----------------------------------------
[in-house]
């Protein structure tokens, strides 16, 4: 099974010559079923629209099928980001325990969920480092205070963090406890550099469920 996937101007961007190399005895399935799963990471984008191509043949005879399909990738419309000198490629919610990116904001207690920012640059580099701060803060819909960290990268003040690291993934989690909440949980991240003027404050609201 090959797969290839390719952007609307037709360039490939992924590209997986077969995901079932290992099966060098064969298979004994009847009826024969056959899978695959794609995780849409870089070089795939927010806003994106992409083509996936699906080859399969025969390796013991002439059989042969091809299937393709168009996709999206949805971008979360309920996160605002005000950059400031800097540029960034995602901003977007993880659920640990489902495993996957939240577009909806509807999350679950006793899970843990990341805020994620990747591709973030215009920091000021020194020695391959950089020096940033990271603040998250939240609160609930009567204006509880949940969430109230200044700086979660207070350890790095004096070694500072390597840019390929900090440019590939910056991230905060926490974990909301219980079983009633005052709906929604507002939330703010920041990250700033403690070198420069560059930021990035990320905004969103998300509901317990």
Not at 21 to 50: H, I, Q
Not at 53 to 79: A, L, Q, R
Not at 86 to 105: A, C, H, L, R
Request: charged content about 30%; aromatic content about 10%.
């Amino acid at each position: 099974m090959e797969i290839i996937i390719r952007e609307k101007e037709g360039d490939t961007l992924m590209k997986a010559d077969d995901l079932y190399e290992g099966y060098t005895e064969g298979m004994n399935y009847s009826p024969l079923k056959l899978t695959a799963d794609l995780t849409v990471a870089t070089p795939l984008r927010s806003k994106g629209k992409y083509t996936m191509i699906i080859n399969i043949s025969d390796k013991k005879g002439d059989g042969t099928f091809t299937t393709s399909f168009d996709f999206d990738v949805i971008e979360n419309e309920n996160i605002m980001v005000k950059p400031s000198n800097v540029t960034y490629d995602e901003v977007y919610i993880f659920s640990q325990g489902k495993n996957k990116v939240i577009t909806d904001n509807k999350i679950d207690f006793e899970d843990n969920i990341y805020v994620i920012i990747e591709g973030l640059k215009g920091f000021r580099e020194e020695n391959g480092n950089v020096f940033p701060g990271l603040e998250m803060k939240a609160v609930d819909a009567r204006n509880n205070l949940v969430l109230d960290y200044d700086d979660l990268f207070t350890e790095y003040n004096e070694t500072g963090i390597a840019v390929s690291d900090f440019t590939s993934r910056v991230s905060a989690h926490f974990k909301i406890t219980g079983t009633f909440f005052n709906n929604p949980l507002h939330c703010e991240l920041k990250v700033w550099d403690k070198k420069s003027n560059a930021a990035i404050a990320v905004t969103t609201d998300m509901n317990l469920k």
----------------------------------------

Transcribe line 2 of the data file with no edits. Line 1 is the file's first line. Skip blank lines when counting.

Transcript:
């Protein structure tokens, strides 16, 4: 099974010559079923629209099928980001325990969920480092205070963090406890550099469920 996937101007961007190399005895399935799963990471984008191509043949005879399909990738419309000198490629919610990116904001207690920012640059580099701060803060819909960290990268003040690291993934989690909440949980991240003027404050609201 090959797969290839390719952007609307037709360039490939992924590209997986077969995901079932290992099966060098064969298979004994009847009826024969056959899978695959794609995780849409870089070089795939927010806003994106992409083509996936699906080859399969025969390796013991002439059989042969091809299937393709168009996709999206949805971008979360309920996160605002005000950059400031800097540029960034995602901003977007993880659920640990489902495993996957939240577009909806509807999350679950006793899970843990990341805020994620990747591709973030215009920091000021020194020695391959950089020096940033990271603040998250939240609160609930009567204006509880949940969430109230200044700086979660207070350890790095004096070694500072390597840019390929900090440019590939910056991230905060926490974990909301219980079983009633005052709906929604507002939330703010920041990250700033403690070198420069560059930021990035990320905004969103998300509901317990």